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Unique plants in the Ruwenzori Mountains, SW Uganda, Bujuku Valley, at about 12,139 feet (3,700 metre) elevation)
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Ecology, also referred to as ecological science, is the scientific study of the distribution and abundance of living organisms and how the distribution and abundance are affected by interactions between the organisms and their environment. The environment of an organism includes both physical properties, which can be described as the sum of local abiotic factors such as solar insolation, climate and geology, as well as the other organisms that share its habitat. The term Ökologie was coined in 1866 by the German biologist Ernst Haeckel; the word is derived from the Greek οικος (oikos, "household") and λόγος (logos, "study"); therefore "ecology" means the "study of the household (of nature)".

Ecology is also a human science. There are many practical applications of ecology in conservation biology, wetland management, natural resource management (agriculture, forestry, fisheries), city planning (urban ecology), community health, economics, basic and applied science and human social interaction (human ecology)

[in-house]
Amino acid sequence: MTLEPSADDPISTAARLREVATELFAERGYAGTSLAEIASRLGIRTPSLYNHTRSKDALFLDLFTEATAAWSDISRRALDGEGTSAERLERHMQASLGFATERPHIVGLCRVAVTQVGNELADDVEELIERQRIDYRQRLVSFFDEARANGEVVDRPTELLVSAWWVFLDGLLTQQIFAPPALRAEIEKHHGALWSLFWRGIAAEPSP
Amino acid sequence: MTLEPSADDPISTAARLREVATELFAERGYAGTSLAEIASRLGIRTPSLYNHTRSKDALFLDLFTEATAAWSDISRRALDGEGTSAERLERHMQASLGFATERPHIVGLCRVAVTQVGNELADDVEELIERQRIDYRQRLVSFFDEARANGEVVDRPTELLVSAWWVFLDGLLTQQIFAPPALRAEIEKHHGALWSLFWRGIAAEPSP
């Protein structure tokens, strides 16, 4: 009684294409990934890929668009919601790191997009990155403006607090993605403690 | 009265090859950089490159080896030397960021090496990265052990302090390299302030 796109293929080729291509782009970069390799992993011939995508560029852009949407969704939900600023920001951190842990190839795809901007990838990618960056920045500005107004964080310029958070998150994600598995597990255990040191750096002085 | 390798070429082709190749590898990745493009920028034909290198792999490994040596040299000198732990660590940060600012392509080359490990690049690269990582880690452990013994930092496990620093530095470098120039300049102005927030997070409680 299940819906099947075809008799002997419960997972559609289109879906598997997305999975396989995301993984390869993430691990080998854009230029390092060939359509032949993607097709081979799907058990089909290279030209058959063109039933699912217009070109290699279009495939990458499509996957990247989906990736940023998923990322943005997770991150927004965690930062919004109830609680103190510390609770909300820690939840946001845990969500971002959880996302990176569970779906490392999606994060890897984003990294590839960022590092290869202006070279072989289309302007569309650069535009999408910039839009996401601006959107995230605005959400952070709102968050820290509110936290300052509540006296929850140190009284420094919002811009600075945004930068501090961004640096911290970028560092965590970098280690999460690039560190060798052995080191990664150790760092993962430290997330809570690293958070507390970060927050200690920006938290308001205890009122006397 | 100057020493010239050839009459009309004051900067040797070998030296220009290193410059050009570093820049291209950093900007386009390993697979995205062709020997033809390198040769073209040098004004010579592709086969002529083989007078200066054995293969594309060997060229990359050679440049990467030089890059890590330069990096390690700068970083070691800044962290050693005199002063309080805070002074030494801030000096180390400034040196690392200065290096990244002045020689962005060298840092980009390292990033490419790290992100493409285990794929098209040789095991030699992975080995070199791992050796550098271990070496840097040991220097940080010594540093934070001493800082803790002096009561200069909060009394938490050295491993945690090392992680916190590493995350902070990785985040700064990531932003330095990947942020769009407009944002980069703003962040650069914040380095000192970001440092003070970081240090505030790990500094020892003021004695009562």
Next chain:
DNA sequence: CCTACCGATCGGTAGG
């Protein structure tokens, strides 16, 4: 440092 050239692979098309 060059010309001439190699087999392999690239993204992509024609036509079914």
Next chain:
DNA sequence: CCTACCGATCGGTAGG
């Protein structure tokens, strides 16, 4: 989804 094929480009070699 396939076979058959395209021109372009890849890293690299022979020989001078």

(Pictured left: Unique plants in the Ruwenzori Mountains, SW Uganda, Bujuku Valley, at about 12,139 feet (3,700 metre) elevation)

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An alligator in the Florida Everglades, the largest wetland system in the United States.
Pictured left: An alligator in the Florida Everglades, the largest wetland system in the United States.

A wetland is an area of land whose soil is saturated with moisture either permanently or seasonally. Such areas may also be covered partially or completely by shallow pools of water. Wetlands include swamps, marshes, and bogs, among others. The water found in wetlands can be saltwater, freshwater, or brackish. The world's largest wetland is the Pantanal which straddles Brazil, Bolivia and Paraguay in South America. The study of wetlands has recently been termed paludology in some publications.

Wetlands are found on every continent except Antarctica, and are considered the most biologically diverse of all ecosystems. Plant life found in wetlands includes mangrove, water lilies, cattails, sedges, tamarack, black spruce, cypress, gum, and many others. Animal life includes many different amphibians, reptiles, birds, insects, and mammals. In many locations, such as the United Kingdom, Iraq, South Africa and the United States, wetlands are the subject of conservation efforts and Biodiversity Action Plans.

The UN Millennium Ecosystem Assessment determined that environmental degradation is more prominent within wetland systems than any other ecosystem on Earth. International conservation efforts and the development of rapid assessment tools are being used in conjunction with each other to inform people about wetland issues.